Oklahoma lottery officials may try to ask the Legislature to put more money into prizes, but a House leader doesn't expect they'll have much success.
Sales of lottery games are down about $9.6 million in the first 3½ months of the 2009 fiscal year. Oklahoma Lottery Executive Director Jim Scroggins last week suggested that the commission approach lawmakers after the Nov. 4 elections.The idea did not win much support in this past legislative session and faces long odds this time around.
"We are willing to hear people out, but I don't think it's likely to get any traction," House Speaker Chris Benge said.
Scroggins contends that sales would go up substantially if lottery winnings were increased.
"If they (lottery players) don't win, they feel good that their money will go to education, but that's not their prime motivation for playing," he said.
As part of the original lottery agreement, the amount of lottery sales dedicated to public education increased to 35 percent from 30 percent in July.
Since sales were already declining and the economy is slowing, the change came at a bad time, Scroggins said.
"The limiting factor here is that a 35-percent profit forces us to hold prizes at levels lower than we'd like," he said.
If there were more prize money, Scroggins said, he would put it into scratch-off games because "when people win, they talk to their family, friends and neighbors," which could stimulate sales.
Benge, R-Tulsa, said he isn't surprised that lottery proceeds are lagging. He blamed Gov. Brad Henry and other lottery proponents for overestimating how much education would benefit from a lottery when the proposal went to voters in 2004.
State Rep. Tad Jones, the chairman of the House Education Committee, said he is not a big supporter of gambling and is not likely to change his thinking, either.
"What they would have is more people losing at the lottery to gain more money (for education), and that's never been appealing to me," said Jones, R-Claremore.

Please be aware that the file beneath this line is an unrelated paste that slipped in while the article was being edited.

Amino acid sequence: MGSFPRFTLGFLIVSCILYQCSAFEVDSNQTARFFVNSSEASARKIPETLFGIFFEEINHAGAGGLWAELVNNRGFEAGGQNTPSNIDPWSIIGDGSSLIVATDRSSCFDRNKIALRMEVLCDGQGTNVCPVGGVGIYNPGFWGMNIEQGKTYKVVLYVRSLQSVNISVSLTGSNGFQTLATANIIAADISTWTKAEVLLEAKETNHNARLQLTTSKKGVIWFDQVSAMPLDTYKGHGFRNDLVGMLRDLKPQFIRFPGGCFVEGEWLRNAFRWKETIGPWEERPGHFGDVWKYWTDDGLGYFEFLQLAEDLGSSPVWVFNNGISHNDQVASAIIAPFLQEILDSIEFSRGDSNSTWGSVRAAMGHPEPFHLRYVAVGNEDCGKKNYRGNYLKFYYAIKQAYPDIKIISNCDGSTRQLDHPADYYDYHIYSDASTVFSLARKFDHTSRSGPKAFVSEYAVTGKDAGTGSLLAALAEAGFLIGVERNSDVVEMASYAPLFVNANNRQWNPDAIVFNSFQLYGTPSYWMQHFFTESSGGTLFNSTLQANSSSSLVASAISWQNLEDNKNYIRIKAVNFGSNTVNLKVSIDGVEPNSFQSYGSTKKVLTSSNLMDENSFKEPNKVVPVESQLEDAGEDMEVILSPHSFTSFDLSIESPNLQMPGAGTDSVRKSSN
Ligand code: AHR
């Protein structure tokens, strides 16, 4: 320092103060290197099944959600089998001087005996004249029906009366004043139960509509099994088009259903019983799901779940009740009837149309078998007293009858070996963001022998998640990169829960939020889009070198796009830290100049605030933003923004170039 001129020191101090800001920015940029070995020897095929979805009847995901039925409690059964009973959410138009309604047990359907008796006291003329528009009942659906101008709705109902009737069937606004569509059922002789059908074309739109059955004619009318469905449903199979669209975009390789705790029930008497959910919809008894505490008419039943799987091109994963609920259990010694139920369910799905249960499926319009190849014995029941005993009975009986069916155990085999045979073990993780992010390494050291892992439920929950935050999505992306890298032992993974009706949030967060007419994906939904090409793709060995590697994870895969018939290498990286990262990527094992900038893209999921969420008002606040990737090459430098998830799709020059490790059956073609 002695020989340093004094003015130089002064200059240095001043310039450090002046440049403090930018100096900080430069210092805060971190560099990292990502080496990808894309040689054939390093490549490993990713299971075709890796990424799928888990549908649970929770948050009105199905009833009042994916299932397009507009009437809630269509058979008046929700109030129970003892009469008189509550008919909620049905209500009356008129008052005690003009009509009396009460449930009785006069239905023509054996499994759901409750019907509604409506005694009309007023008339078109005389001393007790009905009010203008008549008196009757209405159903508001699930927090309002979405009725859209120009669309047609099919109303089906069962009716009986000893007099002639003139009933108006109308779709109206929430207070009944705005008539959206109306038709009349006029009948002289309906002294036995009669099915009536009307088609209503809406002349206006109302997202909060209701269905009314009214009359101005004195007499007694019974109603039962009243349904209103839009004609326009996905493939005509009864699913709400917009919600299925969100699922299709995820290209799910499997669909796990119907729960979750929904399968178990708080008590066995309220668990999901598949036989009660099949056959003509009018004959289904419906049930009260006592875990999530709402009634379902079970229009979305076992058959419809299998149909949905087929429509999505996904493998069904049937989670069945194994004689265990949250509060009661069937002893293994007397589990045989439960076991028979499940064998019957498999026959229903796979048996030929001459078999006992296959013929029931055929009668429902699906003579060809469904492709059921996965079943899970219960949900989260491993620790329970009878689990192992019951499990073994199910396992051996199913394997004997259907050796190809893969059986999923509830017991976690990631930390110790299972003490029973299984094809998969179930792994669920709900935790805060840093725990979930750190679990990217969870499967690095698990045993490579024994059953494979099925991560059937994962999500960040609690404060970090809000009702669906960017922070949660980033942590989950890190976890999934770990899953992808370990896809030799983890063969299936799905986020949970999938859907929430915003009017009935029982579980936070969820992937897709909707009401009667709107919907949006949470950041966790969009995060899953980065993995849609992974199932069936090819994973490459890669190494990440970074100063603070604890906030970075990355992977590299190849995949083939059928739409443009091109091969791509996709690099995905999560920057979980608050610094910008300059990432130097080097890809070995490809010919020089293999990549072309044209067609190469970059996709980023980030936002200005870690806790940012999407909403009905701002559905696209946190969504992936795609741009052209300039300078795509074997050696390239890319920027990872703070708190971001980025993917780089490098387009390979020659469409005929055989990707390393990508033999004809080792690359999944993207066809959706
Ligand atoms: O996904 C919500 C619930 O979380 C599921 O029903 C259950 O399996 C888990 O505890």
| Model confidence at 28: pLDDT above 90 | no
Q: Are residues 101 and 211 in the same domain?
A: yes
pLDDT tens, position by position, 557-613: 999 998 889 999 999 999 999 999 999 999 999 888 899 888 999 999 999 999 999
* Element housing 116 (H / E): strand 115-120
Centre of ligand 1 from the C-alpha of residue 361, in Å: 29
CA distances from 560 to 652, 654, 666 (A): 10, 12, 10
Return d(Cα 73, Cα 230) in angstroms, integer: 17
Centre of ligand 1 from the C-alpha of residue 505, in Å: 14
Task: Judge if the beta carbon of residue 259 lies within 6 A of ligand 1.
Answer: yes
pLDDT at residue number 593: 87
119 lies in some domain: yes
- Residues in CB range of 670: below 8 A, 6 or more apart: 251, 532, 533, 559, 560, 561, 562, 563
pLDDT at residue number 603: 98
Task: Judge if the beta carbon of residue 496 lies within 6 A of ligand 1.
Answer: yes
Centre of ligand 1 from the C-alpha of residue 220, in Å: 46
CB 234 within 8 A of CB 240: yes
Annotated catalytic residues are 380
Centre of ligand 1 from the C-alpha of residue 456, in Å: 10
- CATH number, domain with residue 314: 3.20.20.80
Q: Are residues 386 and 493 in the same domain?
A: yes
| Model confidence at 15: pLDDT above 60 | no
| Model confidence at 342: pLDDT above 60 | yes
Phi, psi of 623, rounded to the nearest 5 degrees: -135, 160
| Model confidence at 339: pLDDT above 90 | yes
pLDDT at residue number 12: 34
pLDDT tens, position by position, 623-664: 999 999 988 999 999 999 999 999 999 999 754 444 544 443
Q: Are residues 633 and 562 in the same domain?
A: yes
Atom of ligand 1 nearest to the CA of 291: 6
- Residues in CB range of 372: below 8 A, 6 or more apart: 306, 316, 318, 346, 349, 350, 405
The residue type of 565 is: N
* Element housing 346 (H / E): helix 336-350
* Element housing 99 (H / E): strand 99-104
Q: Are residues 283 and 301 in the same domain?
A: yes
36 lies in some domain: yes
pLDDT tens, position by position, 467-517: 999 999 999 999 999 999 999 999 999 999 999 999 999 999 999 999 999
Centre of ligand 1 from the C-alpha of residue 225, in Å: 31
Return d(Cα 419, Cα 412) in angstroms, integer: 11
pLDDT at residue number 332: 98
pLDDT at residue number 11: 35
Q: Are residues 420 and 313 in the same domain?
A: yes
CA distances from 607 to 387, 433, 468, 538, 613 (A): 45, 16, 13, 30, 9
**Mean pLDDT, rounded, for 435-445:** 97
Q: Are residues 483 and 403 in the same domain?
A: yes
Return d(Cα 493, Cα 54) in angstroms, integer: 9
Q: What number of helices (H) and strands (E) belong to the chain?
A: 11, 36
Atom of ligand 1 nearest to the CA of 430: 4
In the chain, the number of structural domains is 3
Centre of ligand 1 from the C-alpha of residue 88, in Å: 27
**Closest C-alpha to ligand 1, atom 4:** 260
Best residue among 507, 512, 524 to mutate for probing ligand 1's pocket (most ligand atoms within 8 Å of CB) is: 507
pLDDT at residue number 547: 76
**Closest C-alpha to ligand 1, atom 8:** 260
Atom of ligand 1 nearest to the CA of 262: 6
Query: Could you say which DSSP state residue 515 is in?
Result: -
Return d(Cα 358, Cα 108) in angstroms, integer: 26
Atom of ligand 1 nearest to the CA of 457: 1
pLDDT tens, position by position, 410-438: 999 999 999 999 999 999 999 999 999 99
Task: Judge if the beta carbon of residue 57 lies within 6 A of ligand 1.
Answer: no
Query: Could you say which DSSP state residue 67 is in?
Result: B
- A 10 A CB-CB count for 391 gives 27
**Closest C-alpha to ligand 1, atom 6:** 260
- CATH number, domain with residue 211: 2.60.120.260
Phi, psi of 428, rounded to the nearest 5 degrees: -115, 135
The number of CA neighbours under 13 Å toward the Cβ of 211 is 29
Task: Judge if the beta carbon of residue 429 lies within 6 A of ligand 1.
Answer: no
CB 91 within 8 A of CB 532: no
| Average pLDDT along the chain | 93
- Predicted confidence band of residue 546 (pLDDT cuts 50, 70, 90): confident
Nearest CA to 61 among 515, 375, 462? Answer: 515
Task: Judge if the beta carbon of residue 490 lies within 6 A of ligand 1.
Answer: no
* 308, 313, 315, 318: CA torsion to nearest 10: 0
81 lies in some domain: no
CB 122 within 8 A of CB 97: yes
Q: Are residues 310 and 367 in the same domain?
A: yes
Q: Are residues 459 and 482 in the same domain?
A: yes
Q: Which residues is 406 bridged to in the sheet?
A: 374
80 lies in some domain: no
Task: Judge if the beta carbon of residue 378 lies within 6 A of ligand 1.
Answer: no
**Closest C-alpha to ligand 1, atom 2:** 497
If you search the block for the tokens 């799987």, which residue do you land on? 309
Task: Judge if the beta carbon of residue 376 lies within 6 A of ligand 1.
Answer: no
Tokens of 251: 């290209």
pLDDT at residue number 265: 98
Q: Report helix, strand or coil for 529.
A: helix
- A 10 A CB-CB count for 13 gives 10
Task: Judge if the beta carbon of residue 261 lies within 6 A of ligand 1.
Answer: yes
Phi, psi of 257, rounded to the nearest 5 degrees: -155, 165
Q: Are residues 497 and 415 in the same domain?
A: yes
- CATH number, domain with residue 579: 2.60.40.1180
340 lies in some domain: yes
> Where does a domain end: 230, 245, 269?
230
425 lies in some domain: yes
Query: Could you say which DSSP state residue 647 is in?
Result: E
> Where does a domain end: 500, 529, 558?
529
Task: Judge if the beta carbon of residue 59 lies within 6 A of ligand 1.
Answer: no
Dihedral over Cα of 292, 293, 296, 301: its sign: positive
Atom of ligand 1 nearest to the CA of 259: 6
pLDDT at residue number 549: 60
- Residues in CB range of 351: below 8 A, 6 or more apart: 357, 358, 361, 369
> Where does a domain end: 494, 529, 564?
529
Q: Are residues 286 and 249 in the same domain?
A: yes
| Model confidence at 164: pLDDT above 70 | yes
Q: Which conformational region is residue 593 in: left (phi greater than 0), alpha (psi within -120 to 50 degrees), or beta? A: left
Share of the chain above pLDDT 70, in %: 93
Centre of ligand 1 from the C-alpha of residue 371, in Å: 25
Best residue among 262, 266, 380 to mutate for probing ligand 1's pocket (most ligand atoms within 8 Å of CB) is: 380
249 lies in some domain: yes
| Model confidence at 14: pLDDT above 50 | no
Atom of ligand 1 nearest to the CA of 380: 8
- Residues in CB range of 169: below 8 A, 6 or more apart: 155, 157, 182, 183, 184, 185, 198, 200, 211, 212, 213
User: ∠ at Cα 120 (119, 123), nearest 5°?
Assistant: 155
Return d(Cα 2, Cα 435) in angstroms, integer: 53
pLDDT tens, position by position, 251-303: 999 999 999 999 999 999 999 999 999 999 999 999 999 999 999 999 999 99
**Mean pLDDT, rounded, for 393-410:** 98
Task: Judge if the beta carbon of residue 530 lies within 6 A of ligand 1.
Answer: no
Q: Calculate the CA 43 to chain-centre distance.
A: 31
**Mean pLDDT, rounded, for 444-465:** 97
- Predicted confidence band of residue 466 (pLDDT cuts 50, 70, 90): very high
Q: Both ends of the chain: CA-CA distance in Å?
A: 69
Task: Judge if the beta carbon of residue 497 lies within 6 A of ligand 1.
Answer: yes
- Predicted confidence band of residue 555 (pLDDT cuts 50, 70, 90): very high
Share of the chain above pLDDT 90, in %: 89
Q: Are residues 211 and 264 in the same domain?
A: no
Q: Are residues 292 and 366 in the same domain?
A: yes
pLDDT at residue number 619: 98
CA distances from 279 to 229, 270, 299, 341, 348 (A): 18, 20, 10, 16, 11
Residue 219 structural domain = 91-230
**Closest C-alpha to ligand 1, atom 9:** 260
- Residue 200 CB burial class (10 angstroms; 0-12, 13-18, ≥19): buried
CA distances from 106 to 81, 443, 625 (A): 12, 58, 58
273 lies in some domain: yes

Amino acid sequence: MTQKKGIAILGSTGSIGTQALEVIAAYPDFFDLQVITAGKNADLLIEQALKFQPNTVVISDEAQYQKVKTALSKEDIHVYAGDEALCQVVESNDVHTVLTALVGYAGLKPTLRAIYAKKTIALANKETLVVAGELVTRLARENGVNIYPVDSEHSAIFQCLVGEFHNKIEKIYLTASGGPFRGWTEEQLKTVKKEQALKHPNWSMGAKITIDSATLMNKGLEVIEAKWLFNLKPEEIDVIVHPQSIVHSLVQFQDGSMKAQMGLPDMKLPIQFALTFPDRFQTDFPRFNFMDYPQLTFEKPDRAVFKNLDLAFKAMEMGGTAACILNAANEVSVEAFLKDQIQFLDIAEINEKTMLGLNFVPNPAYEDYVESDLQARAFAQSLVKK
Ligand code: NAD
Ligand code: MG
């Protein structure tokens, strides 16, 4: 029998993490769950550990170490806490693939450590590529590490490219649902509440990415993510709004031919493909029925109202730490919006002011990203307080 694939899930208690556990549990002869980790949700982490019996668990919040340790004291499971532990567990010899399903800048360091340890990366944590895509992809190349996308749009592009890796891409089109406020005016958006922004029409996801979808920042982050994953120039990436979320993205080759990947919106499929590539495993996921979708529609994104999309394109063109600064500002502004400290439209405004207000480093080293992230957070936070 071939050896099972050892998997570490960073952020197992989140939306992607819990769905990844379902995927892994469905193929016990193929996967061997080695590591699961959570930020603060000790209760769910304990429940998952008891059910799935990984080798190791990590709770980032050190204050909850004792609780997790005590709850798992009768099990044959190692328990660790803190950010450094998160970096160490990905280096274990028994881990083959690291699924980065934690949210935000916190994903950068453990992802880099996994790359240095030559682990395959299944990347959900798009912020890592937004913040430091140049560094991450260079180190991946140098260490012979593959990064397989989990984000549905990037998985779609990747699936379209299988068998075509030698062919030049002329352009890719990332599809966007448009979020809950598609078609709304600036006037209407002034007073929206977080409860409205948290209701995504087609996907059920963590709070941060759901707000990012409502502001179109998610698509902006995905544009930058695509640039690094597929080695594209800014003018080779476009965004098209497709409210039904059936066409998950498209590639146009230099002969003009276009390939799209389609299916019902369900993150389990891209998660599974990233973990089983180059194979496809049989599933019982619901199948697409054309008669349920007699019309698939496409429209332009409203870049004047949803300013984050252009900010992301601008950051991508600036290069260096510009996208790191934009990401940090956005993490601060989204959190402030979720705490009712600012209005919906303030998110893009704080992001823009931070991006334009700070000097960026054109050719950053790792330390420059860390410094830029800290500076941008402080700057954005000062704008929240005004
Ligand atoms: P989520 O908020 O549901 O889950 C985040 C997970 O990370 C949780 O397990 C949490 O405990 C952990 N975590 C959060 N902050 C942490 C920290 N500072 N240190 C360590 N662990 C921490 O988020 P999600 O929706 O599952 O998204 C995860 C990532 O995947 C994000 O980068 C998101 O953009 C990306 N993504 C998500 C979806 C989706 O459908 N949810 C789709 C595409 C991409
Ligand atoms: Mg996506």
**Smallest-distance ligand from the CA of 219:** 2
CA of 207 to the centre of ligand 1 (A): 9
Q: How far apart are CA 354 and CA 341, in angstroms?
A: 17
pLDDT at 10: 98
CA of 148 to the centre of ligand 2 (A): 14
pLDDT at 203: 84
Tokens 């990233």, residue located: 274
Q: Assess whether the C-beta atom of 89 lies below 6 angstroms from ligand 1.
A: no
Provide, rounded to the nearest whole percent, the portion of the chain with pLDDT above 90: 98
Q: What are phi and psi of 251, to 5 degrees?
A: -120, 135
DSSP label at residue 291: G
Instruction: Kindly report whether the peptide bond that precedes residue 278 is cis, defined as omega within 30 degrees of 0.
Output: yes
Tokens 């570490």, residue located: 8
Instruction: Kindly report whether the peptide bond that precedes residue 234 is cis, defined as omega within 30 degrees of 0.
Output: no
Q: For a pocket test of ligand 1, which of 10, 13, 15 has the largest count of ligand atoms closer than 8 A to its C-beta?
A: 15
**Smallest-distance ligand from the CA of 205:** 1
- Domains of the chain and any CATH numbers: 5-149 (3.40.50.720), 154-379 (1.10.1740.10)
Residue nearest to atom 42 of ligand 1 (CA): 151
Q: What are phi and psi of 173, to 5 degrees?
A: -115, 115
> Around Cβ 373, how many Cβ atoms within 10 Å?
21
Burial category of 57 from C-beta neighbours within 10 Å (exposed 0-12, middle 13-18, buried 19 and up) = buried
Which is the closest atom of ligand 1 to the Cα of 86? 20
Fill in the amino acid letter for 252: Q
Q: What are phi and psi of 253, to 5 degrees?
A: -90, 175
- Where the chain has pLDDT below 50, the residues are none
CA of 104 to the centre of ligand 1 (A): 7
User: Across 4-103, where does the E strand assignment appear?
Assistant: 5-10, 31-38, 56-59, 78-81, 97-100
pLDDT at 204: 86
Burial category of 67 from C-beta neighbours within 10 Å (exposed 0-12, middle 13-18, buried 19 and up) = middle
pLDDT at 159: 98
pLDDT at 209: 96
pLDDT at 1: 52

Although he pushed for the lottery, Henry has not said what he would do to reverse its slide.
"Governor Henry is open to discussing any idea that will boost funding for education, and he hopes state lawmakers will be open-minded as well," Paul Sund, Henry's spokesman, said in a statement last week after the governor was not available for comment.
State Sen. Richard Lerblance, D-Hartshorne, who sponsored a bill that would have stopped the 35-percent requirement from taking effect, said some Republicans want to make the lottery look bad to prove a point, instead of finding ways to make it more successful.
"How can you turn down $220 million for education?" he said, adding that school districts across the state are having financial difficulties and would benefit long-term from a lottery infusion.
The Oklahoma Lottery generated $206.4 million in sales in fiscal year 2006, which covered a nine-month period after it started selling tickets in October 2005.
Sales produced $214.7 million in fiscal year 2007 and $213.9 million in fiscal year 2008. Both were 12-month periods.
Sales are projected to be $208 million in the current fiscal year.
Scroggins said the commission had to make $2 million in operational cuts, including staff and advertising reductions, to reach the new 35-percent profit requirement.
To reverse the trend, Scroggins said, his staff will continue to look for new retail outlets, try new types of lottery games and find new ways to promote existing games.